Many of us can recall a specific Black business in our neighborhood that remind us of a memory from our childhood or exposed us to individuals who were significant pillars in our community. Such allegiance to these entities has sustained the Black business ecosystem for generations across the country. They need our support and commitment.

Last month, Meta (formerly known as Facebook), rolled out #BuyBlack Friday show as a way to provide assistance to Black business owners in need as they approach another difficult holiday season. Hosted by bestselling author, judge of Project Runway, and soon-to-be mommy Elaine Welteroth, the show highlighted a variety of Black-owned businesses that have continued to push forward despite the difficult economic climate stacked against them as a result of the pandemic.

A proud supporter of Black businesses of all kinds, Welteroth chatted with EBONY about her experience on the #BuyBlack Friday show and her love of buying all things Black-owned.

EBONY: Your #BuyBlack Friday Show, in collaboration with Meta, just wrapped not too long ago. How has the process of shooting for the show revealed how you look at Black businesses? 

Elaine Welteroth: It was an incredible experience being able to work with folks who look like us—folks who care about the things we care about. People prioritize the causes that matter the most to them and it was a really like-minded group of people who came together around this mission of amplifying Black businesses, specifically small Black businesses. The goal was to keep the momentum moving around the #BuyBlack movement. 

The Buy Black movement was elevated last summer after the murder of George Floyd through hashtags and there was a surge of interest in investing in the Black community. I think it's up to all of us to keep that momentum going in order to prove that it's more than a moment. So, it was incredible to host a series like this that prioritizes the things that I personally care about.  I've been a long-time advocate of buying from Black businesses and I take pride in dedicating myself to initiatives such as helping Aurora James start the 15% Pledge. It matters because I know that as a Black woman with a certain amount of access to decision-makers, I have to use my platform to affect change on this. I don't take my position for granted. For me, this was an extension of that part of my mission. 

It was also really fun. We're all hoping that this is kind of just the beginning and that they'll be more programming like this rolling out.

What are some tips or suggestions on how people can uplift Black businesses and the #BuyBlack movement in ways that are not solely economic?

I think using social media as a tool for bringing attention to Black businesses that you want to see thrive is a really effective way to support them, even if you're not able to patronize them. The hope is that we can be more conscious consumers and invest the money that we're already spending on day-to-day things back into the Black community. The best place to start is looking at your spending habits and seeking opportunities to shop and support Black. It's a mindset, a shift in priority but it can't happen if we aren't prioritizing this and keeping it as part of our agenda.  I try to think about it in my own spending and the vendors that I work with and the people that I hire. I try to be really mindful and deliberate about speaking about Black partners and products as often as I can. It’s very important to me.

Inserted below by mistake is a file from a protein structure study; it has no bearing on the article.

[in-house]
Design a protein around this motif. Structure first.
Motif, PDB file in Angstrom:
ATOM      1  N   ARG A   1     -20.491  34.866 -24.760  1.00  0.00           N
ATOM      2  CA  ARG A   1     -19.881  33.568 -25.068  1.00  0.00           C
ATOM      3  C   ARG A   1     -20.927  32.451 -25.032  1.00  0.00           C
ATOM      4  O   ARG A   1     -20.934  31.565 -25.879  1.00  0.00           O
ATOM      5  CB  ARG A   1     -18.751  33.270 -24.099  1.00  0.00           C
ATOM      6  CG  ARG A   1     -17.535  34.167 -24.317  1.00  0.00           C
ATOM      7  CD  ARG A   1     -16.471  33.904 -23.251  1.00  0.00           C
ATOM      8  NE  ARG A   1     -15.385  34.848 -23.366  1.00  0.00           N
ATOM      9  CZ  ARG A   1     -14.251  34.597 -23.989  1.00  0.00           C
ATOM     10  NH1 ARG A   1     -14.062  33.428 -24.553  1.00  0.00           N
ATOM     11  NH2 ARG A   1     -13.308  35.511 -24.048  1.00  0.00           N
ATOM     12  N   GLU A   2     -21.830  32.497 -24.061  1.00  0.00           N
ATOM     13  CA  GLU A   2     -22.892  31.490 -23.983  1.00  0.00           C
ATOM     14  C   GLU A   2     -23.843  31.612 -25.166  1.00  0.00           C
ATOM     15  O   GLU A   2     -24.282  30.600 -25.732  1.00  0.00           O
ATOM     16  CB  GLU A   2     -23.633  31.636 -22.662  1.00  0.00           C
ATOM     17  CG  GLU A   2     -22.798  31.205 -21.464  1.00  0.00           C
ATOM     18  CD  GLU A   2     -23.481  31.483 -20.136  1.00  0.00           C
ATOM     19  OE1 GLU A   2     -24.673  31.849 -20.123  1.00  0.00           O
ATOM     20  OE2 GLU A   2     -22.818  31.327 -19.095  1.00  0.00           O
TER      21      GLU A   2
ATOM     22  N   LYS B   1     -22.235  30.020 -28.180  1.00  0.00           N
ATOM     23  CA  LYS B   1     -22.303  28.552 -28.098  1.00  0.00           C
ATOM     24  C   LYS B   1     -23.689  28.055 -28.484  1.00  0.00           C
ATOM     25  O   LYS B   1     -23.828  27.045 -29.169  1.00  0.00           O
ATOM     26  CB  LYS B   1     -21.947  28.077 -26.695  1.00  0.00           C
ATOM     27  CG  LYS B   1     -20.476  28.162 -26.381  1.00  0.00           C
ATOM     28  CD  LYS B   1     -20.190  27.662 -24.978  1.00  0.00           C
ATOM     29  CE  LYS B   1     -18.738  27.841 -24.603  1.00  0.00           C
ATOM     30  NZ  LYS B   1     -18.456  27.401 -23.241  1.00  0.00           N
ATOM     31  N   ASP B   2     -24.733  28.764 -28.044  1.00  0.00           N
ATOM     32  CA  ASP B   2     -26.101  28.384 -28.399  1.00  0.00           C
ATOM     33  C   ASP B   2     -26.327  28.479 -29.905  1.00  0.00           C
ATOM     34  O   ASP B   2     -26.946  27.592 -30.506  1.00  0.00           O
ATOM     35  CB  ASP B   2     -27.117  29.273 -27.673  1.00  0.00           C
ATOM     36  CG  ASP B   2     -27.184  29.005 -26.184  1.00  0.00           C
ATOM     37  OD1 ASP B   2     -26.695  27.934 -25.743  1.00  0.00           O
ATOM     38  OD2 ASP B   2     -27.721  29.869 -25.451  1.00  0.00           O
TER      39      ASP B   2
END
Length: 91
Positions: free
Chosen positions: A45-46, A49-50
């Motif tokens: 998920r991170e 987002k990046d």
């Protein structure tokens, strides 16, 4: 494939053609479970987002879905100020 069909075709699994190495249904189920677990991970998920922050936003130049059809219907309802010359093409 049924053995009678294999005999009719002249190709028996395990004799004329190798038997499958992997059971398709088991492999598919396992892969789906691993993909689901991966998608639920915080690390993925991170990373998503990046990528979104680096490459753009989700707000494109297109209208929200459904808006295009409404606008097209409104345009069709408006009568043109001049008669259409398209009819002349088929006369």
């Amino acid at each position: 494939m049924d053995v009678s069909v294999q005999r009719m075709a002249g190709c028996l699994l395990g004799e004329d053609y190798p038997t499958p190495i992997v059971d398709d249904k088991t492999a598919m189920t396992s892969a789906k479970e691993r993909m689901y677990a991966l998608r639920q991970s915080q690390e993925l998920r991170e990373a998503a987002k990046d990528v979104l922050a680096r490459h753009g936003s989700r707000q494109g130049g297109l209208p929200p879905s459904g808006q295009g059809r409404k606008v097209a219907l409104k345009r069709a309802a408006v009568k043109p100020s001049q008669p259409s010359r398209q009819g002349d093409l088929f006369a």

Additionally, I do want to say that word of mouth is the most powerful marketing engine. I think we can’t underestimate the power of referrals and using Instagram or Twitter to talk up Black business owners. A lot of Black businesses don't have as many marketing dollars to compete in their states so it's really important that we do our purchase and place other Black businesses on each others’ radar.

Elaine Welteroth. Image: courtesy of Masterclass

What are some of your earliest memories of supporting Black businesses? 

I've been doing this all my life. I wrote about this in my book but I grew up in a Black hair salon that was owned by my aunt Janet who is one of my role models. From the time I was really little, I would spend my Saturday there and I'd help out at the salon in different ways—sweeping up hair, answering the phones, checking folks in, and simply getting my hair done as well for special occasions. My mom also always got her hair done there every week which taught me to be really intentional about supporting Black entrepreneurship. It was a priority in my household. 

My mom also enrolled me in West African dance class with a woman who taught it out of her garage. So, my mom really taught me these values at a very young age which is why I was so encouraged to see when buying and supporting Black businesses became mainstream trending topics that were energized in the media and on social media. I love to see people who don't look like us investing in our businesses and in Black founders as well. We need that support coming in from every community. 

Are there any other brands that you've really loved this year that you really want to see pop in 2022?

I love Telfar. I love how he is reenergizing luxury and the luxury market. There are so few Black men who are at the top of their game. I also enjoy Brooklyn Tea—my husband and I love to support them. Also, Camille Ariane has an amazing brow pencil that is my absolute favorite. As a former beauty editor, I’d always have to review products while getting my makeup done so I had the opportunity to try out a lot of different products. 

Additionally, other products I specifically enjoy are the Pyer Moss x Reebok sneaker, the Fear of God Essentials hoodie, and Shaquanda’s Spicier Smoke Hot Pepper Sauce.